Green will always be remembered by Ram fans for dragging down Eric Dickerson in the open field in last year's wild-card playoff game, saving a sure touchdown. But Green couldn't come through again, as Brown flat out-ran him for the go-ahead 95-yard touchdown.
The Rams took a 14-9 lead despite just six yards of offense in the quarter.
Something would have to give, but not before Everett's knee would. The Ram quarterback had to leave the game with 7:44 left in the first half after being hit by Redskin linebacker Rich Milot. Everett missed the rest of the half.
The Ram offense turned to its special teams for aid, the relief coming when safety Nolan Cromwell's blocked his second punt in two weeks, the ball falling at the Redskin two-yard line.
From there, White went over the top for the touchdown, giving the Rams a 23-9 lead with 4:06.
The Redskins made it close before halftime, scoring with 1:15 left on a one-yard sweep by Williams, his first touchdown since his days at Tampa Bay in 1982.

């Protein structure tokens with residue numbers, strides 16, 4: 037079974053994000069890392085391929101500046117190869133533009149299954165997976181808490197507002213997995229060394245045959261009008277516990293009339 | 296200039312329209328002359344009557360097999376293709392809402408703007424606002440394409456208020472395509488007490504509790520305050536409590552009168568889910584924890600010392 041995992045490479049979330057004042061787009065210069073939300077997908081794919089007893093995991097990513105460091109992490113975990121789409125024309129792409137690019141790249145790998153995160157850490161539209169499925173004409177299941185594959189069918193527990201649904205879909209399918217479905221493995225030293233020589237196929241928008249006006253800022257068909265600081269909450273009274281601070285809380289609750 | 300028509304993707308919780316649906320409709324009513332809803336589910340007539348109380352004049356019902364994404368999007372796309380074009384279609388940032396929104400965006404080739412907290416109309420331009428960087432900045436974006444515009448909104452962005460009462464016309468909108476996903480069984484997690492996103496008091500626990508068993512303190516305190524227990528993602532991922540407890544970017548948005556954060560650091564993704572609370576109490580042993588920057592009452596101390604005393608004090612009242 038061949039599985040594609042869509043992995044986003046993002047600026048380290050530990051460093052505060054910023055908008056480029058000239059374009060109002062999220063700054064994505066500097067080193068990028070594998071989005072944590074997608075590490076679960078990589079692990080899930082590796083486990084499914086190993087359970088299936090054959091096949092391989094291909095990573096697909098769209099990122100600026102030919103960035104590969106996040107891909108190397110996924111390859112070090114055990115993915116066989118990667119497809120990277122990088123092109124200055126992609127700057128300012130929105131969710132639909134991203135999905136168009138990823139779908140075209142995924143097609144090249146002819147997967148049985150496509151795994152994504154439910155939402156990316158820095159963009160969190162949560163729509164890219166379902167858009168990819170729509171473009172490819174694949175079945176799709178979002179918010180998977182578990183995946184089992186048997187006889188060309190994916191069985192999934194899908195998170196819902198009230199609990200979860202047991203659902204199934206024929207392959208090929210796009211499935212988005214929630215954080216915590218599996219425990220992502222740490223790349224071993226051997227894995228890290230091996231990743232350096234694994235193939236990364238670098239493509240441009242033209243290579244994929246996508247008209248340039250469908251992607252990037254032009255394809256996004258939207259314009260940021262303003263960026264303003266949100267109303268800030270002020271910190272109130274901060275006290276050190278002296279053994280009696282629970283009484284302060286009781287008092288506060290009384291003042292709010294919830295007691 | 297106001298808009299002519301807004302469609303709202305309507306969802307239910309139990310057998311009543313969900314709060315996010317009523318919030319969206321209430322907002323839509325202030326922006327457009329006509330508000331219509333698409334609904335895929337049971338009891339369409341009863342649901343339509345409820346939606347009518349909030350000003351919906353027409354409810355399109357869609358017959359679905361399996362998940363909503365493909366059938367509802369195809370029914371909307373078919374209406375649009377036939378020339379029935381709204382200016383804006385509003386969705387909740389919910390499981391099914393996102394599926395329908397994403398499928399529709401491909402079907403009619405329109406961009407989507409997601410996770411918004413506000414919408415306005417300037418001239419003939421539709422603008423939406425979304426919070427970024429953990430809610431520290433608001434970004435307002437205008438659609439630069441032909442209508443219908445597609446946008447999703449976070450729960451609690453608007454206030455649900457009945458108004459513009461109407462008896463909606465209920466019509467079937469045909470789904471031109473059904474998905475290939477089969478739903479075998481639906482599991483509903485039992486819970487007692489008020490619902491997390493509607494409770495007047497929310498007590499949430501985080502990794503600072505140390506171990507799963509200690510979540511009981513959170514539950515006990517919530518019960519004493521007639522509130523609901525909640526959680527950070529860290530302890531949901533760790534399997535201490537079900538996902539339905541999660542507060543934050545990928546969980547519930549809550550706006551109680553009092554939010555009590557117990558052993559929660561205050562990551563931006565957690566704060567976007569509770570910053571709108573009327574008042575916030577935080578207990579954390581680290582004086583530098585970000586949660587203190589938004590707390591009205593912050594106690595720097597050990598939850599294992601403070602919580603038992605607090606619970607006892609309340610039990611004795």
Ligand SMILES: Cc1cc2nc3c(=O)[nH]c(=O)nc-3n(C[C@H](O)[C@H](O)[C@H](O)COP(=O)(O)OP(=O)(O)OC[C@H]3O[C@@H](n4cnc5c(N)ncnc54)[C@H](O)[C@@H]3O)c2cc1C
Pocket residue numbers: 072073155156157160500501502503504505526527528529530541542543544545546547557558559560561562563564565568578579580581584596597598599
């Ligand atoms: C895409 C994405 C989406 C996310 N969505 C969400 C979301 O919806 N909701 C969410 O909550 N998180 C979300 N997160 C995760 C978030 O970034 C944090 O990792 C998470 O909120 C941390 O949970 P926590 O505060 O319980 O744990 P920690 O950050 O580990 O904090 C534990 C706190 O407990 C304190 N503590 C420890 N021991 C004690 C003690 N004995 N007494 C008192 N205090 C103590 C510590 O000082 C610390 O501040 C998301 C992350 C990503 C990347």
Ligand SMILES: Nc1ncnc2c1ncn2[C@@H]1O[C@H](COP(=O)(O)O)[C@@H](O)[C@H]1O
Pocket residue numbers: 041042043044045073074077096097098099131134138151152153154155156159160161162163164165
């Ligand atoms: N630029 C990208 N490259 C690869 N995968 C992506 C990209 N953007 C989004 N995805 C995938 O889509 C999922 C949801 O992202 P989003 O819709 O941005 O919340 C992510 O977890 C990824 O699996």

The credit for setting up the score, though, goes to Monk, who took a short pass from Williams and ran 62 yards to the Ram five.
Ram Notes Inside linebacker Jim Collins was knocked out of the game in the first half with a knee injury. The Rams' 23-16 halftime lead was the first lead for the team since the strike game vs. Atlanta Oct. 18. . . . Ram punter Dale Hatcher was subbing for Mike Lansford on kickoffs because of Lansford's bad back. Hatcher hadn't done kickoff work since high school, and it showed. His first kick went to the Redskin 15. Lansford, bad back and all, handled kickoffs in the second half.